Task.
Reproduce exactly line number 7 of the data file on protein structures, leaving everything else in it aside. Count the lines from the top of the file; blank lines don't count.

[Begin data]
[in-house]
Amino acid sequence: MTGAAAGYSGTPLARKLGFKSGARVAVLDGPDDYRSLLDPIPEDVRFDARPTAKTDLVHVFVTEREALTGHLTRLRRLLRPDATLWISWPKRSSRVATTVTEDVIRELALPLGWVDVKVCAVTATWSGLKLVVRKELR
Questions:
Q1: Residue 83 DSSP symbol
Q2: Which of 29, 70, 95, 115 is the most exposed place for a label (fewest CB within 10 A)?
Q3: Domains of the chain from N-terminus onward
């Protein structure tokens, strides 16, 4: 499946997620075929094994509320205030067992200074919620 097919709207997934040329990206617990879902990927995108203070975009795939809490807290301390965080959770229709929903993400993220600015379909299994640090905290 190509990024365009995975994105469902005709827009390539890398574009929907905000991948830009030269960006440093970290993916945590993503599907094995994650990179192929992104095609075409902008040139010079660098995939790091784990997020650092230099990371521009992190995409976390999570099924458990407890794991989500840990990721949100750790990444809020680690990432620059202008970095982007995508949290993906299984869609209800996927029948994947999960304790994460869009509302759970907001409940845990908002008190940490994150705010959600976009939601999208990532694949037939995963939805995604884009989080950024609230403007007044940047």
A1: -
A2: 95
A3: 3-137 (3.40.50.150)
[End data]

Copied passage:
């Protein structure tokens, strides 16, 4: 499946997620075929094994509320205030067992200074919620 097919709207997934040329990206617990879902990927995108203070975009795939809490807290301390965080959770229709929903993400993220600015379909299994640090905290 190509990024365009995975994105469902005709827009390539890398574009929907905000991948830009030269960006440093970290993916945590993503599907094995994650990179192929992104095609075409902008040139010079660098995939790091784990997020650092230099990371521009992190995409976390999570099924458990407890794991989500840990990721949100750790990444809020680690990432620059202008970095982007995508949290993906299984869609209800996927029948994947999960304790994460869009509302759970907001409940845990908002008190940490994150705010959600976009939601999208990532694949037939995963939805995604884009989080950024609230403007007044940047």